The API Platform when you configure IDCS to provide the option to authenticate users against a corporate Identity Provider such as Active Directory will automatically update the Management Portal Login screen accordingly. However today it doesn’t automatically update the Developer Portal login page. Whilst perhaps an oversight, it is very easy to fix manually when you know how. As result you can have a login that looks like:
The rest of this blog will show what’s needed to fix the problem.
This Meetup was put together quickly as it presented an opportunity to align with other events happening in the Oracle offices. Despite the relatively short notice we a turn out that really made great use of our speaker – Sid Joshi who walked through the Enterprise Level patterns supported by Oracle’s Integration Cloud (OIC) including a demo showing how PaaS4SaaS worked using Service Cloud and OIC making use of VBCS and integration (formerly ICS) parts of the API Platform.
As with all the meet-ups we allow the discussions to flow freely. So, the conversation probed different aspects of OIC. So with the follow up on Several Capgemini use cases of OIC that have won the team awards.
As the conversation has focused on OIC and the use cases rather than our ongoing Drones with APIs stories, I have had an interesting follow on discussion about the application of drones. The drone story has many threads. The initial driver for the work on the drone has been about bringing something interesting and distinctive to the meetup. The drone is very tangible, and the source of amusement which makes the meetups a lot more fun.
It’s been a quiet month for this blog, but I’ve been pretty busy with a raft of other activities…
- a recent article on our sister site – oracle-integration.cloud on RPA.
- I also appear in an interview with K21 Academy here.
- Reviewing a new book on Enterprise API Management for Packt which we would very highly recommend if you want to understand the more Enterprise perspectives of adopting APIs, particularly if you’re considering APIs as a potential new revenue stream.
- UK Oracle User Group committees for TechFest (having been reviewing the paper submissions it looks like it’s going to be an excellent conference in December) and Southern Summit (next week).
- Just launched a number of sessions for the Oracle London Developer Meetup, with another to be announced soon (Blockchain) and potentially two more before the end of the year (we’re working on the speakers now).
Last night was the first Oracle Developer Meetup in London for 2019. We were very fortunate to have Tomas Langer fly over to talk about the new micro container/framework being developed as an open-source solution by Oracle.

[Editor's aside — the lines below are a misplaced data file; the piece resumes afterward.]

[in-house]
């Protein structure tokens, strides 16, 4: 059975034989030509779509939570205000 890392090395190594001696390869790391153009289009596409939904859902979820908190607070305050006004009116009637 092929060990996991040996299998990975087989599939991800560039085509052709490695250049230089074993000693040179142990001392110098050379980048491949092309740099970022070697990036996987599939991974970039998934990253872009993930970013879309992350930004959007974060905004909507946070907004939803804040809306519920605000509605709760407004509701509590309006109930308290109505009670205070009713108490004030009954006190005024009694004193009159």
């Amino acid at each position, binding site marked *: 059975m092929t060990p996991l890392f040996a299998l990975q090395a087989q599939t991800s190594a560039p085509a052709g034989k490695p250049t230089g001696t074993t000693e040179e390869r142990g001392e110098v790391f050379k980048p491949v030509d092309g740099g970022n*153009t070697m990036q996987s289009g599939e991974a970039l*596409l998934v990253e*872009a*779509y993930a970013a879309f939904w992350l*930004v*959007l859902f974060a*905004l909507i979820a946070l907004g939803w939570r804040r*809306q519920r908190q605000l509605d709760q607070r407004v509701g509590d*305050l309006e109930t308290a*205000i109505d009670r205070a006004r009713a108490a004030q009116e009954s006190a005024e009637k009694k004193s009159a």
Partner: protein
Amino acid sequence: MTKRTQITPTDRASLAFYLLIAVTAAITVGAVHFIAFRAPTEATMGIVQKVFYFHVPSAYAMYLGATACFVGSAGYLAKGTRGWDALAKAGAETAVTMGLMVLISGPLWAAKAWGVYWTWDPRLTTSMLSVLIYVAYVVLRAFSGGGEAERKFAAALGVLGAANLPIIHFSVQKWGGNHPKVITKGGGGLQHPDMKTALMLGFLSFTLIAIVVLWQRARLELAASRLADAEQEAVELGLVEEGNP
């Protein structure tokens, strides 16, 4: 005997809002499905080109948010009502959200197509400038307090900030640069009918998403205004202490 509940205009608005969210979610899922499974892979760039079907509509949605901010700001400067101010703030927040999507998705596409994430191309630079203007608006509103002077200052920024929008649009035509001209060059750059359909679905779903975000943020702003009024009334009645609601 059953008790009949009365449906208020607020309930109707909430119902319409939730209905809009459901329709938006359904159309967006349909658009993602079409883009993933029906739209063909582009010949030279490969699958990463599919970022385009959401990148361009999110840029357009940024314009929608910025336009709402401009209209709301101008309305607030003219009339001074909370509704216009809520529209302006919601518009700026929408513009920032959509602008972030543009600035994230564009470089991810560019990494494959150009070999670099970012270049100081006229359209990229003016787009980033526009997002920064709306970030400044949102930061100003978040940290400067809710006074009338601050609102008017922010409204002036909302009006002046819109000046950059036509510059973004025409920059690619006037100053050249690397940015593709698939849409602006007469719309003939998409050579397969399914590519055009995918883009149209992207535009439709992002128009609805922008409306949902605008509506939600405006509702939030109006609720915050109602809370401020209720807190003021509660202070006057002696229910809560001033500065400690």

Tomas, opened by explaining the evolution of the micro-profile being championed by the Eclipse Foundation who are now the guardians of J2EE also known as Jakarta and how the J2EE and Micro-Profile standards compare (in simplistic terms – micro-profile is J2EE stripped back to be simple and support what is typically needed in a micro-service world).
In addition to talking about what can be done, Tomas described the kinds of features being developed, this includes:
- Bringing micro-profile support up to the very latest specification,
- More reactive persistence technologies support,
With the scene set, Tomas then worked through a series of live code scenarios starting with a clean slate and building Hello World in both the SE & MP models illustrating the differences in approach. This was then built upon to add the following capabilities:
- Tracing (using Zipkin leveraging the Open Tracing Standard)
- Dynamic configuration
- Security (including Signatures)
- Fault Handling (just MP)
You can get the complete example which uses Helidon in both configurations from Tomas GitHub.
In addition to Helidon itself on GitHub, there are resources provided include rich documentation and examples of each key feature. Plus a Slack community, that if you contact any of the Helidon team will get you invited allowing you to discuss with the development team how to do things along with other developers using Helidon.
Helidon itself can be found at:
I have previously blogged on Helidon at Exploring Helidon – Part 1
Last month I was fortunate enough to have been invited to participate in another Oracle Developer Podcast. Rather than focusing on specific technologies, this focused on more how the thew job market is changing for IT and what might be driving change, and how things may change in the future. Check it out here.
As ever thanks to Bob Rhubart of the invitation, and putting together these excellent recordings.